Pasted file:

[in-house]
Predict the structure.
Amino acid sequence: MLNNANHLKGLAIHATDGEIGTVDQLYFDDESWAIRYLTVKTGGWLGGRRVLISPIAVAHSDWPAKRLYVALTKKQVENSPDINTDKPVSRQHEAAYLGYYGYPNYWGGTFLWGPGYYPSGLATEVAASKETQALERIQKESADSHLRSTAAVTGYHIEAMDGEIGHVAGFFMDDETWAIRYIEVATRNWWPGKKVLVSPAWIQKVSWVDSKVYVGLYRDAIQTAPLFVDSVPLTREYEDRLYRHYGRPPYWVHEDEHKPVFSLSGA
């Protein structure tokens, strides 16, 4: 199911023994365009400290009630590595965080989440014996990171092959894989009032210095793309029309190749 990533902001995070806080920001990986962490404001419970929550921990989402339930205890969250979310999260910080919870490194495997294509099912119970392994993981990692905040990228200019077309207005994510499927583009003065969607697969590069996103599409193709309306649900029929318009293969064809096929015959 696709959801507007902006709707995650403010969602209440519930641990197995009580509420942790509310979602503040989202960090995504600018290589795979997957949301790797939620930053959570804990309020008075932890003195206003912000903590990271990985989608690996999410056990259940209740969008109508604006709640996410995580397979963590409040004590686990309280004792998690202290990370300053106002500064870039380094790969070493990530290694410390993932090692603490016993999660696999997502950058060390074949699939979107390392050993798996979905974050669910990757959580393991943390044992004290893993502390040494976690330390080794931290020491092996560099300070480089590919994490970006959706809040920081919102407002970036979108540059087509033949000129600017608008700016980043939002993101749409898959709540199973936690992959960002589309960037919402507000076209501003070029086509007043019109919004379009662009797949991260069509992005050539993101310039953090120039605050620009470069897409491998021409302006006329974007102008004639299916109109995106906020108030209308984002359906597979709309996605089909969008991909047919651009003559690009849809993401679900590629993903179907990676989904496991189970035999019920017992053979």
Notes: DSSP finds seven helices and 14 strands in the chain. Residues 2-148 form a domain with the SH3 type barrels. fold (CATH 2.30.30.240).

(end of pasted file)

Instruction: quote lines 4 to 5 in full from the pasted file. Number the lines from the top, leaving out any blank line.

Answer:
């Protein structure tokens, strides 16, 4: 199911023994365009400290009630590595965080989440014996990171092959894989009032210095793309029309190749 990533902001995070806080920001990986962490404001419970929550921990989402339930205890969250979310999260910080919870490194495997294509099912119970392994993981990692905040990228200019077309207005994510499927583009003065969607697969590069996103599409193709309306649900029929318009293969064809096929015959 696709959801507007902006709707995650403010969602209440519930641990197995009580509420942790509310979602503040989202960090995504600018290589795979997957949301790797939620930053959570804990309020008075932890003195206003912000903590990271990985989608690996999410056990259940209740969008109508604006709640996410995580397979963590409040004590686990309280004792998690202290990370300053106002500064870039380094790969070493990530290694410390993932090692603490016993999660696999997502950058060390074949699939979107390392050993798996979905974050669910990757959580393991943390044992004290893993502390040494976690330390080794931290020491092996560099300070480089590919994490970006959706809040920081919102407002970036979108540059087509033949000129600017608008700016980043939002993101749409898959709540199973936690992959960002589309960037919402507000076209501003070029086509007043019109919004379009662009797949991260069509992005050539993101310039953090120039605050620009470069897409491998021409302006006329974007102008004639299916109109995106906020108030209308984002359906597979709309996605089909969008991909047919651009003559690009849809993401679900590629993903179907990676989904496991189970035999019920017992053979």
Notes: DSSP finds seven helices and 14 strands in the chain. Residues 2-148 form a domain with the SH3 type barrels. fold (CATH 2.30.30.240).